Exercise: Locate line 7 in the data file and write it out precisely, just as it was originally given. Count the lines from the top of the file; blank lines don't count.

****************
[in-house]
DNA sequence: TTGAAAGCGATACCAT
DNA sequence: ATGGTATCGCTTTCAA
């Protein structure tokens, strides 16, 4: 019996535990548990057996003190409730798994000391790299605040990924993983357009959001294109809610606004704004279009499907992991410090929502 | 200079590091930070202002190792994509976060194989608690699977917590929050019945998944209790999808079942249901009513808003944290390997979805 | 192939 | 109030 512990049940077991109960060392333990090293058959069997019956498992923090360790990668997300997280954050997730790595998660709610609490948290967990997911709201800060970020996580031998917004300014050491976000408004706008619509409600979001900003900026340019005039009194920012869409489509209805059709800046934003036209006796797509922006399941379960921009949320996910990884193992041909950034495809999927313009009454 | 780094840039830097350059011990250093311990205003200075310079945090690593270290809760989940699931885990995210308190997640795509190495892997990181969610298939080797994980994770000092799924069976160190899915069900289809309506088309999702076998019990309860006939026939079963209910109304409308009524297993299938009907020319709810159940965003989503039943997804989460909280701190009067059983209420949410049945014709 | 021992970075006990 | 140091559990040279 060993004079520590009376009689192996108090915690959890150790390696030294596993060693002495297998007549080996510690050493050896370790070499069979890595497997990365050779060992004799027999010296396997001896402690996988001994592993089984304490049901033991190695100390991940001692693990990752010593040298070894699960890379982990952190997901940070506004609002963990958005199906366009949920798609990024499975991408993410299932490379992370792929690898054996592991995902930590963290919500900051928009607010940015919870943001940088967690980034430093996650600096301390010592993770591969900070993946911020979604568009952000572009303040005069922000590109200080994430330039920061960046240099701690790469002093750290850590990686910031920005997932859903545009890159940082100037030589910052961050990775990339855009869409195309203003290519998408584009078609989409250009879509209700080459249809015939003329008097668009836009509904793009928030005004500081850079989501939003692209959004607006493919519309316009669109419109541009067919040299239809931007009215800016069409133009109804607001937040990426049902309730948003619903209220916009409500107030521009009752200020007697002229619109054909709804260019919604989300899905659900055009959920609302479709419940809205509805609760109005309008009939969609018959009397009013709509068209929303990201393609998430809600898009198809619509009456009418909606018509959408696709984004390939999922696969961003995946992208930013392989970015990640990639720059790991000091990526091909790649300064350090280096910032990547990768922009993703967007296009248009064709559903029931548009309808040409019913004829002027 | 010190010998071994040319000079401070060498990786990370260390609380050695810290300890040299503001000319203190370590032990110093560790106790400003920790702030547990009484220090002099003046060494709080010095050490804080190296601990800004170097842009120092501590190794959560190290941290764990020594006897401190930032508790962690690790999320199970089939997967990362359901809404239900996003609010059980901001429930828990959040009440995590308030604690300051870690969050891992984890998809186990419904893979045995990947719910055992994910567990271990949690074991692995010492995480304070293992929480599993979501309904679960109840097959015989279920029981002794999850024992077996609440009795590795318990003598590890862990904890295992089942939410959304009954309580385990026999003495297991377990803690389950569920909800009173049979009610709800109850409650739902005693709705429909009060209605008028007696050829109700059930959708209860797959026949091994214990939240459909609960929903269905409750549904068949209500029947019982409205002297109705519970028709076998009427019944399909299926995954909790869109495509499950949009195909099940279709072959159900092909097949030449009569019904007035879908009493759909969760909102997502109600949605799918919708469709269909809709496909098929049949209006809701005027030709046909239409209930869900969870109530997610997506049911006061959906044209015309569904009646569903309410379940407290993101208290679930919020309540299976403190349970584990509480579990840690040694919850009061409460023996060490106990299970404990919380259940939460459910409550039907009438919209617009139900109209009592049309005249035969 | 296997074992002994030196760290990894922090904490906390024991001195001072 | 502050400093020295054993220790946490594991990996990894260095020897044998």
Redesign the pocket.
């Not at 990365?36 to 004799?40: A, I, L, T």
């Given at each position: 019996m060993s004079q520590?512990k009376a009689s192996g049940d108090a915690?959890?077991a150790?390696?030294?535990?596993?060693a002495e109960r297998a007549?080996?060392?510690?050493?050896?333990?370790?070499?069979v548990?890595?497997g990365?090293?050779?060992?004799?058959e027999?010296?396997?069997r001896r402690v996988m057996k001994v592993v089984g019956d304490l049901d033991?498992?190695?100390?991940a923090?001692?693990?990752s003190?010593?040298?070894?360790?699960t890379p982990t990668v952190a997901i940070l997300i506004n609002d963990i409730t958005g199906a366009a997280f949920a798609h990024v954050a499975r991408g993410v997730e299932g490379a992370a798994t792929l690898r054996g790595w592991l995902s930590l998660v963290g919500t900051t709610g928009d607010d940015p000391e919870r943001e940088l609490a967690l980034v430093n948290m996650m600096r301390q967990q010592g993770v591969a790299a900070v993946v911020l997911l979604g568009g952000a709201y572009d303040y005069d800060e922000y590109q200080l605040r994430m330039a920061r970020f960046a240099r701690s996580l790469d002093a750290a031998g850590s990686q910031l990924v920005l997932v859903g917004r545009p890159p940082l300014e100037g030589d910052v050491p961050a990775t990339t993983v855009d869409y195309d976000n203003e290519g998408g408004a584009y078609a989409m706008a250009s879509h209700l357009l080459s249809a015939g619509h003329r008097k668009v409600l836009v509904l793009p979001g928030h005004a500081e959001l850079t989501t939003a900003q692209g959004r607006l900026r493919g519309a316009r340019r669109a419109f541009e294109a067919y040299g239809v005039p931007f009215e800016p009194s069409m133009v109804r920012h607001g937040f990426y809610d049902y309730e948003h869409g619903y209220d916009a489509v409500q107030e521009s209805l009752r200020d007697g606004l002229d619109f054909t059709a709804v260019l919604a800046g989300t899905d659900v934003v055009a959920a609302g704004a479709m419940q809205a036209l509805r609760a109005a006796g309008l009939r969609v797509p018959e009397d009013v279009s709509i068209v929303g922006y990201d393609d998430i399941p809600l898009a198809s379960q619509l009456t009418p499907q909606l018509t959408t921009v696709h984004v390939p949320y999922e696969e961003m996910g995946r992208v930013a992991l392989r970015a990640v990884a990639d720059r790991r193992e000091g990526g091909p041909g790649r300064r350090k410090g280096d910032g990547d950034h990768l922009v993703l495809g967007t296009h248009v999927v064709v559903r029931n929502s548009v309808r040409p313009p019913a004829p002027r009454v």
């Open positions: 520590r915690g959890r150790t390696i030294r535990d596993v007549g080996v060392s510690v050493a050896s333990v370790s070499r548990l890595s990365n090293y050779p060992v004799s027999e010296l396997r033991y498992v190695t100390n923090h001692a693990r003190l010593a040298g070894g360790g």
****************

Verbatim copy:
């Given at each position: 019996m060993s004079q520590?512990k009376a009689s192996g049940d108090a915690?959890?077991a150790?390696?030294?535990?596993?060693a002495e109960r297998a007549?080996?060392?510690?050493?050896?333990?370790?070499?069979v548990?890595?497997g990365?090293?050779?060992?004799?058959e027999?010296?396997?069997r001896r402690v996988m057996k001994v592993v089984g019956d304490l049901d033991?498992?190695?100390?991940a923090?001692?693990?990752s003190?010593?040298?070894?360790?699960t890379p982990t990668v952190a997901i940070l997300i506004n609002d963990i409730t958005g199906a366009a997280f949920a798609h990024v954050a499975r991408g993410v997730e299932g490379a992370a798994t792929l690898r054996g790595w592991l995902s930590l998660v963290g919500t900051t709610g928009d607010d940015p000391e919870r943001e940088l609490a967690l980034v430093n948290m996650m600096r301390q967990q010592g993770v591969a790299a900070v993946v911020l997911l979604g568009g952000a709201y572009d303040y005069d800060e922000y590109q200080l605040r994430m330039a920061r970020f960046a240099r701690s996580l790469d002093a750290a031998g850590s990686q910031l990924v920005l997932v859903g917004r545009p890159p940082l300014e100037g030589d910052v050491p961050a990775t990339t993983v855009d869409y195309d976000n203003e290519g998408g408004a584009y078609a989409m706008a250009s879509h209700l357009l080459s249809a015939g619509h003329r008097k668009v409600l836009v509904l793009p979001g928030h005004a500081e959001l850079t989501t939003a900003q692209g959004r607006l900026r493919g519309a316009r340019r669109a419109f541009e294109a067919y040299g239809v005039p931007f009215e800016p009194s069409m133009v109804r920012h607001g937040f990426y809610d049902y309730e948003h869409g619903y209220d916009a489509v409500q107030e521009s209805l009752r200020d007697g606004l002229d619109f054909t059709a709804v260019l919604a800046g989300t899905d659900v934003v055009a959920a609302g704004a479709m419940q809205a036209l509805r609760a109005a006796g309008l009939r969609v797509p018959e009397d009013v279009s709509i068209v929303g922006y990201d393609d998430i399941p809600l898009a198809s379960q619509l009456t009418p499907q909606l018509t959408t921009v696709h984004v390939p949320y999922e696969e961003m996910g995946r992208v930013a992991l392989r970015a990640v990884a990639d720059r790991r193992e000091g990526g091909p041909g790649r300064r350090k410090g280096d910032g990547d950034h990768l922009v993703l495809g967007t296009h248009v999927v064709v559903r029931n929502s548009v309808r040409p313009p019913a004829p002027r009454v």